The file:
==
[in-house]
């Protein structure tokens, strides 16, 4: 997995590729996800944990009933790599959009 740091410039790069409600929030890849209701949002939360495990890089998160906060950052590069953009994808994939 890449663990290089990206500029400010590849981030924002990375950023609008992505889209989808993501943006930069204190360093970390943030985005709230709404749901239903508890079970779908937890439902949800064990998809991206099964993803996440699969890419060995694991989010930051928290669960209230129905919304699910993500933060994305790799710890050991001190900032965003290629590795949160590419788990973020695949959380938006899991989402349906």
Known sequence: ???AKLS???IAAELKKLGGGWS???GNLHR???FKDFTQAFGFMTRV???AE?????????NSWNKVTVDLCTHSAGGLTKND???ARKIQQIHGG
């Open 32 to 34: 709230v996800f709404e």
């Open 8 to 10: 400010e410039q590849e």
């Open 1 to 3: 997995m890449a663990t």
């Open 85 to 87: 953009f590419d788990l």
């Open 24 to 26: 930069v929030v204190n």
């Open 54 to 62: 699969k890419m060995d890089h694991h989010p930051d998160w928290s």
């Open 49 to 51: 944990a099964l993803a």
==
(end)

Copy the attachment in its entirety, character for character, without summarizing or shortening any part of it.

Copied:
[in-house]
């Protein structure tokens, strides 16, 4: 997995590729996800944990009933790599959009 740091410039790069409600929030890849209701949002939360495990890089998160906060950052590069953009994808994939 890449663990290089990206500029400010590849981030924002990375950023609008992505889209989808993501943006930069204190360093970390943030985005709230709404749901239903508890079970779908937890439902949800064990998809991206099964993803996440699969890419060995694991989010930051928290669960209230129905919304699910993500933060994305790799710890050991001190900032965003290629590795949160590419788990973020695949959380938006899991989402349906």
Known sequence: ???AKLS???IAAELKKLGGGWS???GNLHR???FKDFTQAFGFMTRV???AE?????????NSWNKVTVDLCTHSAGGLTKND???ARKIQQIHGG
């Open 32 to 34: 709230v996800f709404e």
């Open 8 to 10: 400010e410039q590849e």
């Open 1 to 3: 997995m890449a663990t």
């Open 85 to 87: 953009f590419d788990l």
């Open 24 to 26: 930069v929030v204190n």
């Open 54 to 62: 699969k890419m060995d890089h694991h989010p930051d998160w928290s």
């Open 49 to 51: 944990a099964l993803a």